Seth MacFarlane is taking heat for how he hosted the Oscars. (AFP/Getty Images )
After the coffee. Before doing something about these early hours.
The Skinny: Monday's episode of "The Following" may have jumped the shark for me. Without giving anything away, I'll only ask if we're to believe that everyone is on it. Headlines for Tuesday include the backlash against Oscar host Seth MacFarlane and how NBC made a mess of Thursday night.
Daily Dose: Anyone thinking "Arrested Development" is coming back for the long haul should guess again. Netflix chief Reed Hastings said the show is likely around for only one more season. I'm guessing that Jason Bateman's movie career is going way too well for him to consider jumping back into series television on a full-time basis.
You people are the stars! The big winners at the Oscars -- "Argo," "Life of Pi," "Silver Linings Playbook" and "Lincoln" -- were also strong performers at the box office among older viewers. Does that mean that Hollywood may actually start to green-light movies based on the quality of the script as opposed to the quality of the explosives and violence? Some in the industry think so, especially since grown-ups (I guess that's me now) flocked to the big screen last year. I get why TV networks targets younger viewers. That's whom advertisers want. But a movie studio shouldn't care who spends $10 on a ticket. The Los Angeles Times on whether Hollywood is ready to grow up a little. By the way, I bet no.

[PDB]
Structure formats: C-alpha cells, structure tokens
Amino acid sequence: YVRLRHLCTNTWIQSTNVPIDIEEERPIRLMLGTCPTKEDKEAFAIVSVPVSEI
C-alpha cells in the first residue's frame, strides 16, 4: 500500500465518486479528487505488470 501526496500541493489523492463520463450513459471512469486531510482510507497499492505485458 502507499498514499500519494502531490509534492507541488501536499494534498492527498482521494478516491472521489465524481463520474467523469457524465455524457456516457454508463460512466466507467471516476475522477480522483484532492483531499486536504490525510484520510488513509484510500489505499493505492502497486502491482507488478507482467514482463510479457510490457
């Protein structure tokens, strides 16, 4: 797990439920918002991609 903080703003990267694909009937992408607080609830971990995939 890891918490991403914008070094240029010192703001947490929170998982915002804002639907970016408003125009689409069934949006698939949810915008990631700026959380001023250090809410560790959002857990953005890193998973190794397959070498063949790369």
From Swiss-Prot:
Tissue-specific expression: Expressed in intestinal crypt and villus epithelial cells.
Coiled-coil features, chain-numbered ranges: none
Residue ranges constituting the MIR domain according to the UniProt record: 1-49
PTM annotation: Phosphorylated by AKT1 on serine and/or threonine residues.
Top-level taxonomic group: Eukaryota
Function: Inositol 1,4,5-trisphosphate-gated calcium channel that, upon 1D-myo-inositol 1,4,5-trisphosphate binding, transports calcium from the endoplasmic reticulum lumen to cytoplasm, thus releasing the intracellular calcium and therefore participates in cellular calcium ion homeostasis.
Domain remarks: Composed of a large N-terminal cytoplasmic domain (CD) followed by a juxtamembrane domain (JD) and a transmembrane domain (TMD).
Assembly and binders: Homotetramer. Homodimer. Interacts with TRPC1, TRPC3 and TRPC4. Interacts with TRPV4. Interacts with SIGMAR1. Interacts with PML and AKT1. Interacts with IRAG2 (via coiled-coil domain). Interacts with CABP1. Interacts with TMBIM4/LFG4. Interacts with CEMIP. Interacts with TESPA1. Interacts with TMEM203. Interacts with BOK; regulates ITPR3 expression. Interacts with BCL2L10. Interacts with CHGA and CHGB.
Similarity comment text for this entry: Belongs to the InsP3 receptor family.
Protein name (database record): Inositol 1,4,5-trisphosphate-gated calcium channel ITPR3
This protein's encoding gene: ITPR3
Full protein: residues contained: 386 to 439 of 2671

No-win situation. Hosting the Oscars is a thankless job. If you don't take risks and show too much reverence for the industry you get labeled a bore. If you take shots at Hollywood or go edgy then you're crossing the line. Seth MacFarlane, who had no shortage of raunch and jokes in questionable taste during his stint as Oscar host, is being accused of being misogynistic and racist. Vulture and The Atlantic on why MacFarlane went too far. Of course, anyone who saw MacFarlane's "Ted" or watched "Family Guy" should have had had a pretty good idea of what was coming. I'm curious as to whether ABC, which aired the Oscars and is overseen by one of the most powerful female executives in the industry (Anne Sweeney) had an issue with MacFarlane and/or tried to tone it down.
Losing points on service. Last year, the Federal Communciations Commission said Comcast had discriminated against the Tennis Channel and needed to carry the cable network in the same number of homes the cable operator carried its own sports networks (Golf Channel and NBC Sports Network). Comcast appealed on 1st Amendment grounds and on Monday judges at the U.S. Court of Appeals seemed to indicate in their questions that they thought the FCC overstepped its bounds. Coverage of the hearing from Broadcasting & Cable and Legal Times.
Times are changing. Nielsen ratings for last week will come out Tuesday. But do those numbers really matter anymore? After all, they don't include people who watched via DVRs, video-on-demand or online. Nielsen is trying to play catch-up with changing media consumption habits but not fast enough for many in the TV industry. The Associated Press on the challenges Nielsen faces in TV measurement.
If you can make an arrest there, you can make it anywhere. Tuesday night CBS premieres a new police drama called "Golden Boy." The show is the latest set in New York City, which is where the majority of such shows are based. USA Today on why the Big Apple is a favorite locale for cop dramas.
Inside the Los Angeles Times: A look at how Thursday went from NBC's strongest night to its biggest headache.
Follow me on Twitter for crying out loud. @JBFlint.